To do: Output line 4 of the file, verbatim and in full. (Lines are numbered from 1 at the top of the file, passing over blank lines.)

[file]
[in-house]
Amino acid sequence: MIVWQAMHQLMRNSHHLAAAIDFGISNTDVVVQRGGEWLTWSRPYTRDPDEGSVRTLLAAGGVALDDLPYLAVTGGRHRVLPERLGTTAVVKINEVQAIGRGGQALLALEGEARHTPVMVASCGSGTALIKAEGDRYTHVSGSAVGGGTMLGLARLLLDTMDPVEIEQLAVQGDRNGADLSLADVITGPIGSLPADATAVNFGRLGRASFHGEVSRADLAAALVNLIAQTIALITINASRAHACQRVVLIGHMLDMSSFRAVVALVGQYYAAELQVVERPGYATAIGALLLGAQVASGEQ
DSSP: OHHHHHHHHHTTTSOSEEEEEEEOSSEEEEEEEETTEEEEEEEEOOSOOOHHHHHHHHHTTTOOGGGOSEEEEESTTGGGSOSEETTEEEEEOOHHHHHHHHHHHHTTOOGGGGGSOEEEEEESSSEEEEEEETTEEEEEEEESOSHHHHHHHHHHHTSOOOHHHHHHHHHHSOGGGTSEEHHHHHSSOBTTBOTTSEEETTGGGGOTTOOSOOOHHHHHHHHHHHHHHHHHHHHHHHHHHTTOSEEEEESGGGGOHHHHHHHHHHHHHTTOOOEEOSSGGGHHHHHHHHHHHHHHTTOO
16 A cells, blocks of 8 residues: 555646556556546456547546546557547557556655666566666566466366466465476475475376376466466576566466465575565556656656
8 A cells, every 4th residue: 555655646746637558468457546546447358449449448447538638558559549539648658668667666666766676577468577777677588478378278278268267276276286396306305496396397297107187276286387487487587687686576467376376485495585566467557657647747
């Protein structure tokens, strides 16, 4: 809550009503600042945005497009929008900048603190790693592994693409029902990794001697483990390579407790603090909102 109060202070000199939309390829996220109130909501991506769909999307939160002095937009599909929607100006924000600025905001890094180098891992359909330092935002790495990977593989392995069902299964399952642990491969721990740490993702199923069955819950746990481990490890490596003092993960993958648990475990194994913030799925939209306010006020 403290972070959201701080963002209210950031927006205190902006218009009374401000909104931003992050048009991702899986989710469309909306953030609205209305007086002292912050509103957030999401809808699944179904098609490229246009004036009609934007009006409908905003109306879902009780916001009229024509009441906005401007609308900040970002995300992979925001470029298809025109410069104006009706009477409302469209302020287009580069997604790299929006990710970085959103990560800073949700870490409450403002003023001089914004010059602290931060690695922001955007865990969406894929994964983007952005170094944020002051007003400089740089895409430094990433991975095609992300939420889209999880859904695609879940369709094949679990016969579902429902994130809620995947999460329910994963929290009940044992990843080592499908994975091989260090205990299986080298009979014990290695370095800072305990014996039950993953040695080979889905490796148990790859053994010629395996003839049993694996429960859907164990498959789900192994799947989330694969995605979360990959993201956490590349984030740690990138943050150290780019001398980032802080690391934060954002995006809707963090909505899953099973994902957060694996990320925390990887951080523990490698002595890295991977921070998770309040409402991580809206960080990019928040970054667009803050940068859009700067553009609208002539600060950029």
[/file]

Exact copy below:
16 A cells, blocks of 8 residues: 555646556556546456547546546557547557556655666566666566466366466465476475475376376466466576566466465575565556656656